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Ideal vitamin C intake

Authors:
BioFactors 15 (2001) 71–74 71
IOS Press
Ideal vitamin C intake
Mark Levine, Yaohui Wang, Arie Katz, Peter Eck, Oran Kwon, Shenglin Chen,
Je-Hyuk Lee and Sebastian J. Padayatty
Molecular and Clinical Nutrition Section, Digestive Diseases Branch, Building 10 Room 4D52, MSC
1372, National Institute of Diabetes and Digestive and Kidney Diseases, National Institutes of Health,
Bethesda, MD 20892-1372, USA
1. Introduction
To determine ideal vitamin C intake, it is necessary to know the relationship between vitamin C doses
and resulting concentrations in plasma and tissues. Biochemical outcomes can be predicted based on
functions of the vitamin within the concentration ranges measured in subjects at different doses. Clinical
outcomes can be characterized in relation to the measured vitamin concentrations. Recommendations
for ideal vitamin C intake can be guided by these specific criteria [1]:
Biochemical function in relation to concentration
Dietary availability
Dose and steady-state concentrations for plasma
Dose and steady-state concentrations for tissues
Bioavailability
Urine excretion: threshold, fractional excretion
Adverse effects and toxicity
Beneficial effects, observations in populations
Prevention of deficiency
Here we summarize dose concentration data for plasma in healthy young male subjects [2].
2. Methods
Study design and details were previously described [2–4]. Briefly, seven healthy male subjects ages
19–26 were hospitalized for 4–6months on a metabolic ward. Throughout hospitalization theyconsumed
a diet containing less than 5 mg of vitamin C daily [3]. Deficiencies of other nutrients were prevented
by supplementation. When plasma vitamin C concentrations achieved nadir <10 µM, vitamin C was
administered at 15 mg orally in the fasted state twice daily (30 mg total) until steady state for the dose
Corresponding author: Dr. Mark Levine MD, Building 10 Room 4D52 MSC 1372, National Institutes of Health, Bethesda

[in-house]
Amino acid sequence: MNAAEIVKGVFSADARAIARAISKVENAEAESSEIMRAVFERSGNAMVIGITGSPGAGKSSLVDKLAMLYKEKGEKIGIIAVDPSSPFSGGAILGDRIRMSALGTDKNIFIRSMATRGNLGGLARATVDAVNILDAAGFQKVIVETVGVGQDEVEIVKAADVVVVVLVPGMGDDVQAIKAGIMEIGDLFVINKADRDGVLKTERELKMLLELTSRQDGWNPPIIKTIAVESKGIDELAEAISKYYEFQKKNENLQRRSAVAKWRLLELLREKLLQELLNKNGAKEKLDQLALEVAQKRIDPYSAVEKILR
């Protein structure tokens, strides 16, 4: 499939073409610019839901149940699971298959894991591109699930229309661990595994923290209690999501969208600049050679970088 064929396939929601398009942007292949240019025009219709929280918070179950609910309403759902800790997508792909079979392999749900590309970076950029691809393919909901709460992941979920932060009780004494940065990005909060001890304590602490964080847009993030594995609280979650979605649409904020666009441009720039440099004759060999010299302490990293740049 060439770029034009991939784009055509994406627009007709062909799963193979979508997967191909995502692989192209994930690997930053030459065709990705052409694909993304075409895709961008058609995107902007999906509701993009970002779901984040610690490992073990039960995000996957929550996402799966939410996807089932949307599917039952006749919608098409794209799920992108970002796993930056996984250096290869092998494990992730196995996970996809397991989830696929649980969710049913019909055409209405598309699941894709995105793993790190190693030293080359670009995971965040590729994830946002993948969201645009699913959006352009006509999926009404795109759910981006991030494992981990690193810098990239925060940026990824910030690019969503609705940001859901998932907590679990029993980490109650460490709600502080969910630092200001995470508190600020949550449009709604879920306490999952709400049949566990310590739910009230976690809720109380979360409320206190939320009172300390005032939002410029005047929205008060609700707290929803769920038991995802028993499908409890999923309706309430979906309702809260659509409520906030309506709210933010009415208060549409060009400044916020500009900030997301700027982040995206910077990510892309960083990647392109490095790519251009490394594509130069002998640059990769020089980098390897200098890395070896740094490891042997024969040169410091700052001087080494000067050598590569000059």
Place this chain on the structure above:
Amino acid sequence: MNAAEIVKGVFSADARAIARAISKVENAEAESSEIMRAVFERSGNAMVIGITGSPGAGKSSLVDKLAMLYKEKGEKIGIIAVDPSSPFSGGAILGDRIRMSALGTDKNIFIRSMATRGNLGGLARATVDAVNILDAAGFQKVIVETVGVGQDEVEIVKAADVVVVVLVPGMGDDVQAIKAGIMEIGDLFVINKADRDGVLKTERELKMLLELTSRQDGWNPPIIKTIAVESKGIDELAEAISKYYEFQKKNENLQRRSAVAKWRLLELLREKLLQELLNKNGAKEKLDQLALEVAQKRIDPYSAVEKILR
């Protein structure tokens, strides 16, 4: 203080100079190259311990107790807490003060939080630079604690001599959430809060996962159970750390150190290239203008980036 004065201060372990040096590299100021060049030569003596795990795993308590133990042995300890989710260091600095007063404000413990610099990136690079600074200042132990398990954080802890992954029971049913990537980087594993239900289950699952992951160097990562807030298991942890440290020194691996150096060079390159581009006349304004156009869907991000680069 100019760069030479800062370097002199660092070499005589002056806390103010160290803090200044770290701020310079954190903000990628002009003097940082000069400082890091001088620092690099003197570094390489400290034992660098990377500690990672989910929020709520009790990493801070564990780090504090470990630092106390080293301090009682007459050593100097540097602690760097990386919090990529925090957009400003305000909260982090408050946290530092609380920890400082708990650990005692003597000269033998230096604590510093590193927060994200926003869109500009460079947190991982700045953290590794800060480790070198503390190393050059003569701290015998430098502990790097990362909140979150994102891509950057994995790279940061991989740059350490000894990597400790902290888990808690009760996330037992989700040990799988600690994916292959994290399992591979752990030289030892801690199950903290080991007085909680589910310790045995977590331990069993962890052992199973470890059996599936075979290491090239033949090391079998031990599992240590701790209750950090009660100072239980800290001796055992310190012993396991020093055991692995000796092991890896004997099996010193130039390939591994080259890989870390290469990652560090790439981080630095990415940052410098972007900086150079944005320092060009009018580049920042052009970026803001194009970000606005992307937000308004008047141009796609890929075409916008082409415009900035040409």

MD 20892-1372, USA. Tel.: +1 301 402 5588; Fax: +1 301 402 6436; E-mail: MarkL@intra.niddk.nih.gov.
0951-6433/01/$8.00 2001 – IOS Press. All rights reserved
72 M. Levine et al. / Ideal vitamin C intake
was achieved. The following procedures were performed at steady-state: bioavailability sampling; urine
collections for vitamin C, oxalate, urate, creatinine; isolation of circulating neutrophils; apheresis for
isolation of lymphocytes and monocytes; semen collection. When these procedures were complete,
vitamin C dose was increased to 30 mg twice daily (60 mg total) until steady state was achieved, when
the procedures were repeated. In this way subjects received the following doses in mg/day: 30, 60,
100, 200, 400, 1000, and 2500. Vitamin C was measured by HPLC with coulometric electrochemical
detection.
3. Results
Plasma data for all 7 subjects at all doses are shown in Fig. 1. These data reveal several aspects of
the relationships between vitamin C doses and resulting concentration. For the depletion phase (0 mg),
the rate of depletion varied several fold. For the first repletion dose (30 mg daily), the mean plasma
concentration at steady state was 8.7+/1.7µM [2]. At 60 mg daily, the plasma concentration for 6
subjects at steady state was approximately 19.2+/3.2µM. One subject had a much higher steady
state concentration, 58.8+/3.1µM. By steady state at 200 mg daily, there was approximately 80%
saturation of plasma for vitamin C. The data show that there was a sigmoidal relationship between dose
and concentration for doses 30–100 mg daily [2]. Data for neutrophils, monocytes, and lymphocytes
indicate that these cell types are saturated at 100–200 mg daily [2]. At doses above 200 mg daily, the
absorbed dose is nearly completely excreted in urine [2].
4. Discussion
Dose concentration data for healthy men reveal that vitamin C concentrations are tightly controlled in
plasma and tissues [2]. At oral doses less than 100 mg daily, small changes in dose produce large changes
in plasma concentrations. Once plasma concentrations of approximately 60–70 µM are achieved, at oral
doses of approximately 200 mg daily, plasma concentrations are kept within a narrow range. Further
dose increases produce little change in resulting steady state concentrations. Vitamin C plasma and
tissue concentrations are tightly controlled as a consequence of absorption, tissue accumulation and
distribution, and renal excretion [2,4]. Why tight control of vitamin C occurs in humans is not currently
known and is worthy of investigation.